Syracuse New Times calls Dolphin Best Unknown Mascot
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From the Oct. 5, 2005 edition of the Syracuse New Times
Best Unknown Mascot
For the past several years we have used this space to pick on Al the Ice Gorilla, the official mascot of the Syracuse Crunch hockey team. Really, now, what's not to make fun of when we're talking about the world's only ice gorilla, and what does an ape have to do with hockey anyway? But, hey, that doesn't stop Syracuse University from touting an overgrown citrus fruit as its athletic symbol. Well, this year, since Al is running for mayor of Syracuse, we've decided to give him a break and pick on, er, reveal the mascot most everyone has never heard of.
He/she has no name (although this writer remembers him being called "Sammy" in the early 1980s), but Le Moyne College students, faculty and staff embrace him/her as their own mascot in a town dominated by the SkyChiefs' Scooch (which is what, anyway?), Otto the Orange ('nuff said) and Al, the world's only ice gorilla (thank goodness).
It's green, it's tall and it lives in the ocean, but that doesn't stop the Le Moyne College Dolphin from cheering on the Salt City's other college sports teams, including a nationally renowned baseball program and the 2004 Division II national champion men's lacrosse team. "The dolphin made its debut in the mid-1970s," reveals Joe Della Posta, director of communications and public affairs at the East Side hilltop's liberal arts college. "Throughout those 30 years it has been used for a variety of things: basketball games, pep rallies, reunion weekend. And it's been played primarily by students."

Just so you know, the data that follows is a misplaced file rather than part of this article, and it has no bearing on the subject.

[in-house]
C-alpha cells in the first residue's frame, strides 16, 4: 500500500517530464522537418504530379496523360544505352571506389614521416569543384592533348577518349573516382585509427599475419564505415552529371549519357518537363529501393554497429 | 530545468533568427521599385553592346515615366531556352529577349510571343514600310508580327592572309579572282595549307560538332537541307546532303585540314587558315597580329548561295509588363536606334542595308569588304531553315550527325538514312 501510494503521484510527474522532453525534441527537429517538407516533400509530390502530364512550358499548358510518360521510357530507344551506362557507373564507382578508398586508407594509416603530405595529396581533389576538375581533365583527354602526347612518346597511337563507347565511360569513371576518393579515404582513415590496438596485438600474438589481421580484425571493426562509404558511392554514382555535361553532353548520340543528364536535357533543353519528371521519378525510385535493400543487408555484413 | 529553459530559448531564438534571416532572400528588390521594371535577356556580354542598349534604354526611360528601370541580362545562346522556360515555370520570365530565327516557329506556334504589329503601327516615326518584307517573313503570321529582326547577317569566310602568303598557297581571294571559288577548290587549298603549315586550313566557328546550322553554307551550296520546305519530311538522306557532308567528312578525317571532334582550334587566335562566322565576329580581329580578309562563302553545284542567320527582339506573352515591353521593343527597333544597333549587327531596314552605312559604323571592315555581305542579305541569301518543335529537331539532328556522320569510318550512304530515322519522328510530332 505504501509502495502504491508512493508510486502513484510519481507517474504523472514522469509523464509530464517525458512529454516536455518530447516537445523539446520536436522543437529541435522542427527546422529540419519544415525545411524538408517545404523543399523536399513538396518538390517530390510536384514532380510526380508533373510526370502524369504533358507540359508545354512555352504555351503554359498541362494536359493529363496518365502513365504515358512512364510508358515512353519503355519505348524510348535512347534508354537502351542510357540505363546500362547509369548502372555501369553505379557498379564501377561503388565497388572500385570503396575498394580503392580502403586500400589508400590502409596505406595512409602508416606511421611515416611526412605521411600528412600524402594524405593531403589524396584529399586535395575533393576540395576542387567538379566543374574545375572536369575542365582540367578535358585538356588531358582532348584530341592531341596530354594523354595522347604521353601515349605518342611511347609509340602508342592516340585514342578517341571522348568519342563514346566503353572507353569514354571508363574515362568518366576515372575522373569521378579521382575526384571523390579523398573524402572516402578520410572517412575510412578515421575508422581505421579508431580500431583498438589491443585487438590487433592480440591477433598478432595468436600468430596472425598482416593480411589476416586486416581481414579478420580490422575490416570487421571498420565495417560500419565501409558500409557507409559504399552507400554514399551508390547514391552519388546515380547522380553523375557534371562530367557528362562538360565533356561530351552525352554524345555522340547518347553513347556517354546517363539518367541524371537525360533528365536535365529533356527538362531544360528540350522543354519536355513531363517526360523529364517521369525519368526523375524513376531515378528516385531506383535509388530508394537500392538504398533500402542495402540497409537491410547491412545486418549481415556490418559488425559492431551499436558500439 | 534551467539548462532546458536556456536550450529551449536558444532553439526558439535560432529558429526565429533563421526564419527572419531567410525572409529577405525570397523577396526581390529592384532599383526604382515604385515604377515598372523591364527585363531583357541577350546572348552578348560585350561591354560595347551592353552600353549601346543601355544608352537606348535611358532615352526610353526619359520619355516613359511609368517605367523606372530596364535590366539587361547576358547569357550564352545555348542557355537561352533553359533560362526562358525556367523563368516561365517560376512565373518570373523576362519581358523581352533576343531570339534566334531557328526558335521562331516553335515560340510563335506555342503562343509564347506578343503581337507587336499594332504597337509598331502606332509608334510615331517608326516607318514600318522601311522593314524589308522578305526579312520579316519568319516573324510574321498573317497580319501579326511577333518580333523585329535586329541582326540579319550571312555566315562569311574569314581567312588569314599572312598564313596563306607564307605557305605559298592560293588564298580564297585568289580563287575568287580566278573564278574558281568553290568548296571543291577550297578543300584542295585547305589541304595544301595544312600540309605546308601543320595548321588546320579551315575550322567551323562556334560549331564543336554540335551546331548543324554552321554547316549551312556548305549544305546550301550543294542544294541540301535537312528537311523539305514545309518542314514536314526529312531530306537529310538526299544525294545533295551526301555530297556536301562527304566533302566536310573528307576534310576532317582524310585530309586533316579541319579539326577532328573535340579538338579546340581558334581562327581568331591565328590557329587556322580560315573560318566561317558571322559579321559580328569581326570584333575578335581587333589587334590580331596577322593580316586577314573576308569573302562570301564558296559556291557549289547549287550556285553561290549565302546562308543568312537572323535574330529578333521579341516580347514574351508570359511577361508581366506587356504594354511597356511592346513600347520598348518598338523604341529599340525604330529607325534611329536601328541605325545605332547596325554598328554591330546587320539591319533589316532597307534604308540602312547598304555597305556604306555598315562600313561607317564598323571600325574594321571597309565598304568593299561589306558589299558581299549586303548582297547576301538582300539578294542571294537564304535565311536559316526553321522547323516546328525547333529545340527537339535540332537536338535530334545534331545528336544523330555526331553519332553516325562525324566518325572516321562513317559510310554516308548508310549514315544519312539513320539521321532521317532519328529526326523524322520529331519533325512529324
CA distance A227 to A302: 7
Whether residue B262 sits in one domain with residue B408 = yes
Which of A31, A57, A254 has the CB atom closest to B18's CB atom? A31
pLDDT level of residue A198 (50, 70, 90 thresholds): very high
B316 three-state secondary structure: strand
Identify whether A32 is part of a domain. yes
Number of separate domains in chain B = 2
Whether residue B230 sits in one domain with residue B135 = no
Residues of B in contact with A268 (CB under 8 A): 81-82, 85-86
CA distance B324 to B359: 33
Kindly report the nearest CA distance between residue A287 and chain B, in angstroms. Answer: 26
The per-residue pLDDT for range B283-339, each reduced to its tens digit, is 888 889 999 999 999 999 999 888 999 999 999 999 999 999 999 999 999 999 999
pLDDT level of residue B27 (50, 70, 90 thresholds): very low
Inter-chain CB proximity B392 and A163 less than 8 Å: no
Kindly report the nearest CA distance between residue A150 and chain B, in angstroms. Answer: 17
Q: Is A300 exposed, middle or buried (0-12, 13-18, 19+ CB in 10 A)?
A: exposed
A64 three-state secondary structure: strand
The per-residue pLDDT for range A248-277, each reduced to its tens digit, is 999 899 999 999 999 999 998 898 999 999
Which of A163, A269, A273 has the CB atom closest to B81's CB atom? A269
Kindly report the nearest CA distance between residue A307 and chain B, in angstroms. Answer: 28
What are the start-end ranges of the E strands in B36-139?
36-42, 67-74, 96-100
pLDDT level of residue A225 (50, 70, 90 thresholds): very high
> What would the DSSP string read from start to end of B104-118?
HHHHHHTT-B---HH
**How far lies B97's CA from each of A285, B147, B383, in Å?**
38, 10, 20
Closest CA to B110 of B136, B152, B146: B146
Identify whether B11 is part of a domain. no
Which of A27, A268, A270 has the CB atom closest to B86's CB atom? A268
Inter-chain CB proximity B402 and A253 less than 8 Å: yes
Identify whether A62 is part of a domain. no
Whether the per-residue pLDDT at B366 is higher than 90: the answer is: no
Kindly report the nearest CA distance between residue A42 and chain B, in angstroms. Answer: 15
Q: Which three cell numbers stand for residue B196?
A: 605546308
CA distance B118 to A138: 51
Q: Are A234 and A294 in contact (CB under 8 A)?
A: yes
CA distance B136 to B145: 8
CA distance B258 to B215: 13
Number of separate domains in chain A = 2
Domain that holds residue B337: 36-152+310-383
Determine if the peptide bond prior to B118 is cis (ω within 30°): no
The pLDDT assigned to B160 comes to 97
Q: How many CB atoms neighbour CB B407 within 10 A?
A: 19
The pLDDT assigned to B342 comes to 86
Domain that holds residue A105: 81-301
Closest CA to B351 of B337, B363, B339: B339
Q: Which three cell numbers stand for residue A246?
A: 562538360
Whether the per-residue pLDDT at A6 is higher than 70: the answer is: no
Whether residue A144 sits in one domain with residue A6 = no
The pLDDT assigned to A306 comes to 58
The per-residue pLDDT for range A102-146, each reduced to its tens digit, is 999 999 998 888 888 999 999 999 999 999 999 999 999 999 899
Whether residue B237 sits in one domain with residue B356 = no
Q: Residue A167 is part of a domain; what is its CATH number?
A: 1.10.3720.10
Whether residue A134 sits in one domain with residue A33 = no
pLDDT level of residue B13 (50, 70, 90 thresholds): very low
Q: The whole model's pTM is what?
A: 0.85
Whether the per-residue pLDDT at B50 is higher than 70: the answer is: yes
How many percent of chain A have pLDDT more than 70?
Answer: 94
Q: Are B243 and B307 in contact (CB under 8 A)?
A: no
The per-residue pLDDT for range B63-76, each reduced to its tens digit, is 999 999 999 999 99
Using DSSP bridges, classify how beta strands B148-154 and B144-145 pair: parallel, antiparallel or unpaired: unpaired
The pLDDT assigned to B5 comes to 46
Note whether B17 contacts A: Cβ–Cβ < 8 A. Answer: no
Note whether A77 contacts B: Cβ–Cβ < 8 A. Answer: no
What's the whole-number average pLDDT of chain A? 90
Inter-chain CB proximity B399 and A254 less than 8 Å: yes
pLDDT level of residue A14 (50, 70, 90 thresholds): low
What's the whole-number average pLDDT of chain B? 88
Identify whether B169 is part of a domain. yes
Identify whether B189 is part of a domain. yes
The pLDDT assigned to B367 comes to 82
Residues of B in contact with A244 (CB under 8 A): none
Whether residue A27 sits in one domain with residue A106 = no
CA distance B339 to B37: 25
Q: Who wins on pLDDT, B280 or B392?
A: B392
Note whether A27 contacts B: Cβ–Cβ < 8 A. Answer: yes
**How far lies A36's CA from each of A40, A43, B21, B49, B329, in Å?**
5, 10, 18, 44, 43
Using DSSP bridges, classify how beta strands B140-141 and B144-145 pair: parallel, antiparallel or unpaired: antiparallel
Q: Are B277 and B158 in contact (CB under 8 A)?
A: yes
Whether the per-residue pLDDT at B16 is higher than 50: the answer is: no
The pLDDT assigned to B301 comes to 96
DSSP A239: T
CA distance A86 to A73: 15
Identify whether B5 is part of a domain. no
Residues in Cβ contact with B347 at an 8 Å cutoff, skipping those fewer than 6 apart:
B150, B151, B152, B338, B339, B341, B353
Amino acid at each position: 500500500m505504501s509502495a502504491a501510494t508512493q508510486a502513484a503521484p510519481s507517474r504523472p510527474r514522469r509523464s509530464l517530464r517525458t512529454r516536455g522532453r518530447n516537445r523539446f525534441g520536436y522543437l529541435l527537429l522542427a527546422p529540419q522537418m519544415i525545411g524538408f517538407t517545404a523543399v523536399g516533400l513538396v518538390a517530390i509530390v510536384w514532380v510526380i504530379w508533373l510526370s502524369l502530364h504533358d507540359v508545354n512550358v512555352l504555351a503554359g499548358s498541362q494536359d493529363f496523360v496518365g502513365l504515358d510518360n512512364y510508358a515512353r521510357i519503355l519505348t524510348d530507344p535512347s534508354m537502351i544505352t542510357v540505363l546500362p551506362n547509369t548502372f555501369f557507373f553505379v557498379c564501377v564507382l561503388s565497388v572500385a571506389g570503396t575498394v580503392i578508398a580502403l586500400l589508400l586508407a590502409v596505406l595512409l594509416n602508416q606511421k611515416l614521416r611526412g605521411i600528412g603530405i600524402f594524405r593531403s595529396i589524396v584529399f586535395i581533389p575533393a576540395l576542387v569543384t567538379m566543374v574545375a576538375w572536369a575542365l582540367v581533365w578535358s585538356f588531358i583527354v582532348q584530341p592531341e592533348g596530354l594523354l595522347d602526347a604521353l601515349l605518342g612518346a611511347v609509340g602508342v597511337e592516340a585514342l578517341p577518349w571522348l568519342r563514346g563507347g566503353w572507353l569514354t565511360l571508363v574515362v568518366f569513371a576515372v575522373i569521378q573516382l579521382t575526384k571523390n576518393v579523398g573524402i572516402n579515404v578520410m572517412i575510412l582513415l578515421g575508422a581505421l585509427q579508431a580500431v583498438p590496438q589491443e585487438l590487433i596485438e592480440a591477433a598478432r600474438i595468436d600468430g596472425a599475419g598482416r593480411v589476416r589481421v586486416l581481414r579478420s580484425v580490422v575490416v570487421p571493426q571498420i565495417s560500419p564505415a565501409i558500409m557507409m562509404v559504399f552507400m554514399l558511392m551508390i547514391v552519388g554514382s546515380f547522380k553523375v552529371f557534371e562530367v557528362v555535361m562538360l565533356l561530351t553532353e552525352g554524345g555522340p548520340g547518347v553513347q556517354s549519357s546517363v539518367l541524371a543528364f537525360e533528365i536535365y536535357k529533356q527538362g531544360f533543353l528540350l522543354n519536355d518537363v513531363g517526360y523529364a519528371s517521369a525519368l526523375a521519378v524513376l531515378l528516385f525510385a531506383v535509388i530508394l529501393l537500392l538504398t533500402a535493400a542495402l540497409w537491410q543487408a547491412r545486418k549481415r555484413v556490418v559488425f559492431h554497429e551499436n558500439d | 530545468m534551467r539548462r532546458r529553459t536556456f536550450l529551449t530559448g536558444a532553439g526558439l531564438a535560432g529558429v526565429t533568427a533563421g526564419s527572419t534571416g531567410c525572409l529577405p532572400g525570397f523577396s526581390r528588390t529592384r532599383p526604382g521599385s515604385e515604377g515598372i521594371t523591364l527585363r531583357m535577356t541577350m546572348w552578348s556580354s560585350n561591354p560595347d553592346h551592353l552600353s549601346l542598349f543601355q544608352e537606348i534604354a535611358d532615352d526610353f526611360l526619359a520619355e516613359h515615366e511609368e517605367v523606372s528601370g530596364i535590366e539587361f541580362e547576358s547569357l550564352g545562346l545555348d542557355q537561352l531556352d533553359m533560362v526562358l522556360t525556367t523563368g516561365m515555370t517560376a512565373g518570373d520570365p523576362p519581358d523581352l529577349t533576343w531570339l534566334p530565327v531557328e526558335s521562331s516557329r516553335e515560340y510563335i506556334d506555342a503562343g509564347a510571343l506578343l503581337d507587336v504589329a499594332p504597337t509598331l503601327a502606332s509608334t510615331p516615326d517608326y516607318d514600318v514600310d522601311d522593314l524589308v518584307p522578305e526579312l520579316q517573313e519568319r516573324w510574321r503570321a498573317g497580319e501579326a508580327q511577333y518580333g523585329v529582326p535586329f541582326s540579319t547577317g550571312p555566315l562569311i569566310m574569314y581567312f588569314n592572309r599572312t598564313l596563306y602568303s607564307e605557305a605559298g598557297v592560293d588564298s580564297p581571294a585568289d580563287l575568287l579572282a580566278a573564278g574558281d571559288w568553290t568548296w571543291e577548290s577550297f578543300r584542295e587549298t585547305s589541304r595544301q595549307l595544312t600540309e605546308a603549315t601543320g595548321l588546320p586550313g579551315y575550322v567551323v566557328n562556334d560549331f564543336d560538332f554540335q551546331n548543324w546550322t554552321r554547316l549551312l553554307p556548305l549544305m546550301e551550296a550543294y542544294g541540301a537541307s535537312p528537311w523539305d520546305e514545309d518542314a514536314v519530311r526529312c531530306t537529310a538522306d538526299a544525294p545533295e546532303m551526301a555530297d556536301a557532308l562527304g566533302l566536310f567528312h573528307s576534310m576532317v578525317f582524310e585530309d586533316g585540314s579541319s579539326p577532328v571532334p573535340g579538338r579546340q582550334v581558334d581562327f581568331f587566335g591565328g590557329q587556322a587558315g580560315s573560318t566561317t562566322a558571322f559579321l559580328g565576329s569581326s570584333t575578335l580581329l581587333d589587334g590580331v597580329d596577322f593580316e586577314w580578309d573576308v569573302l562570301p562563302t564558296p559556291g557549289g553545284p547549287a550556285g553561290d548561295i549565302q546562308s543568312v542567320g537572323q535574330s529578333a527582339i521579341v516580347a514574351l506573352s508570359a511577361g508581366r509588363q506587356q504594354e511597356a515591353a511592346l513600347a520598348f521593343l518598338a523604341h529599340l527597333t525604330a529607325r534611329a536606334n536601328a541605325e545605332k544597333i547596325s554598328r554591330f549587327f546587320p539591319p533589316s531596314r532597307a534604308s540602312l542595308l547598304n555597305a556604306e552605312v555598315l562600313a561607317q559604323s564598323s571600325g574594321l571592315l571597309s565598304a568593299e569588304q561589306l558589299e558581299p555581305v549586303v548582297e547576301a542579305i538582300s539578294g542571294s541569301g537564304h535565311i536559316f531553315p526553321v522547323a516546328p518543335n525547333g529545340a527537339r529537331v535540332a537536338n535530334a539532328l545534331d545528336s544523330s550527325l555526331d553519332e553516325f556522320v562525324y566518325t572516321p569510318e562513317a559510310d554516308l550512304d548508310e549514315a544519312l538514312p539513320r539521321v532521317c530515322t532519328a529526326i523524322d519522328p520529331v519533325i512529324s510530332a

In keeping with the laid-back Le Moyne atmosphere--and unlike the cutthroat competition to be Otto (go figure)--the athletic department doesn't hold tryouts. "The Student Development office coordinates the three or four students who wear the costume. They just ask students if they're interested in being the dolphin." One staff member, Patri Welch, staff assistant in Le Moyne's office of Institutional Advancement, dons the fuzzy green suit for non-athletic events. "She's been the dolphin for at least five years," Della Posta says.
Despite the seeming strangeness of having a dolphin as the athletic teams' symbol--although it's really no stranger than the UC Santa Cruz banana slug or Western Kentucky's "Big Red" thing--it actually makes sense for the Jesuit institution. Persecuted early Christians marked their meeting places with a figure of a fish. Also the Greek phrase for "Jesus Christ, Son of God, Savior," spells the Greek word "fish." The dolphin symbolizes friendliness toward men and represents both love and tenderness. And like an athlete the dolphin symbolizes grace and swiftness.
So now you know.
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